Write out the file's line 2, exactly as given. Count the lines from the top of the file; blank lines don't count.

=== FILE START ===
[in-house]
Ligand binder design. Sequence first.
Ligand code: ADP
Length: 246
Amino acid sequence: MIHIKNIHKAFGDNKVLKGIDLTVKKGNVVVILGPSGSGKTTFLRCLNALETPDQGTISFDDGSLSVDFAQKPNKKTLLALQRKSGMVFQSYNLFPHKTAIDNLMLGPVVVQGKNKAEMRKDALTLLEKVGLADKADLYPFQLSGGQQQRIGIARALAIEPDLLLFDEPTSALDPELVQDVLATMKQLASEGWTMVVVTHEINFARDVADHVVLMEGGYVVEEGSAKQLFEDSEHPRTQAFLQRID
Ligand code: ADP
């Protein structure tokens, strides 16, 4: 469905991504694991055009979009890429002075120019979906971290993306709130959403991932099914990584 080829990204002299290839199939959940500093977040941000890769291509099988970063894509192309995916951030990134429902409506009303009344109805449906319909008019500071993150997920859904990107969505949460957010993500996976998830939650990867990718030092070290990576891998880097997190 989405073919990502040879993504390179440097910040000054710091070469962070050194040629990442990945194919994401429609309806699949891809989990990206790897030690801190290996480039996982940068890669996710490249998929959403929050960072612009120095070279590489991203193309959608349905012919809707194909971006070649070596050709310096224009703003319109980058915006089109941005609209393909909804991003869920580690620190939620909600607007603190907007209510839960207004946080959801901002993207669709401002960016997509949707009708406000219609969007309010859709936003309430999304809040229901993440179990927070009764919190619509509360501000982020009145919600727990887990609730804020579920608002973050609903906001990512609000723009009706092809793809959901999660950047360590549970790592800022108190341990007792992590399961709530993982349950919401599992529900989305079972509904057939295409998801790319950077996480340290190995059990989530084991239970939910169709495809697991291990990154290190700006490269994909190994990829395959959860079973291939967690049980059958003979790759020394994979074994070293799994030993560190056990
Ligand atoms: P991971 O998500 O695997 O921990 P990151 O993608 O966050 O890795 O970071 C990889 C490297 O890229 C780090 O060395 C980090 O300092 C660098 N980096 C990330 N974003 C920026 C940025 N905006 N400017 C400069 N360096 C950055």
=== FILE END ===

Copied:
Ligand binder design. Sequence first.